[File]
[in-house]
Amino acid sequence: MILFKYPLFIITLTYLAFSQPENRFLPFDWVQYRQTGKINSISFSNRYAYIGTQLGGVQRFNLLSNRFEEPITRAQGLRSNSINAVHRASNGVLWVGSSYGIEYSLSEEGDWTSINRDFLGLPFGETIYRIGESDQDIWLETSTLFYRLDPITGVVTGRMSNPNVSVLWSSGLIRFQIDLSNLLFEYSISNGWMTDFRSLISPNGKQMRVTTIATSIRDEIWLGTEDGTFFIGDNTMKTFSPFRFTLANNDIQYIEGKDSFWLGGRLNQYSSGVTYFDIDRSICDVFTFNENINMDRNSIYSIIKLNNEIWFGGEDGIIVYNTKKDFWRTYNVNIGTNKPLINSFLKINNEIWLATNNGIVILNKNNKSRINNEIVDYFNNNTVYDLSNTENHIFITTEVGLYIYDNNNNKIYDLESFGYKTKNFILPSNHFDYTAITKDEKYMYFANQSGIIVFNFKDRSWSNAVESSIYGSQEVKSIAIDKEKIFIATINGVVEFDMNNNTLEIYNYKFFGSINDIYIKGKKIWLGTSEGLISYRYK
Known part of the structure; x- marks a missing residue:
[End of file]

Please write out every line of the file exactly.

[in-house]
Amino acid sequence: MILFKYPLFIITLTYLAFSQPENRFLPFDWVQYRQTGKINSISFSNRYAYIGTQLGGVQRFNLLSNRFEEPITRAQGLRSNSINAVHRASNGVLWVGSSYGIEYSLSEEGDWTSINRDFLGLPFGETIYRIGESDQDIWLETSTLFYRLDPITGVVTGRMSNPNVSVLWSSGLIRFQIDLSNLLFEYSISNGWMTDFRSLISPNGKQMRVTTIATSIRDEIWLGTEDGTFFIGDNTMKTFSPFRFTLANNDIQYIEGKDSFWLGGRLNQYSSGVTYFDIDRSICDVFTFNENINMDRNSIYSIIKLNNEIWFGGEDGIIVYNTKKDFWRTYNVNIGTNKPLINSFLKINNEIWLATNNGIVILNKNNKSRINNEIVDYFNNNTVYDLSNTENHIFITTEVGLYIYDNNNNKIYDLESFGYKTKNFILPSNHFDYTAITKDEKYMYFANQSGIIVFNFKDRSWSNAVESSIYGSQEVKSIAIDKEKIFIATINGVVEFDMNNNTLEIYNYKFFGSINDIYIKGKKIWLGTSEGLISYRYK
Known part of the structure; x- marks a missing residue: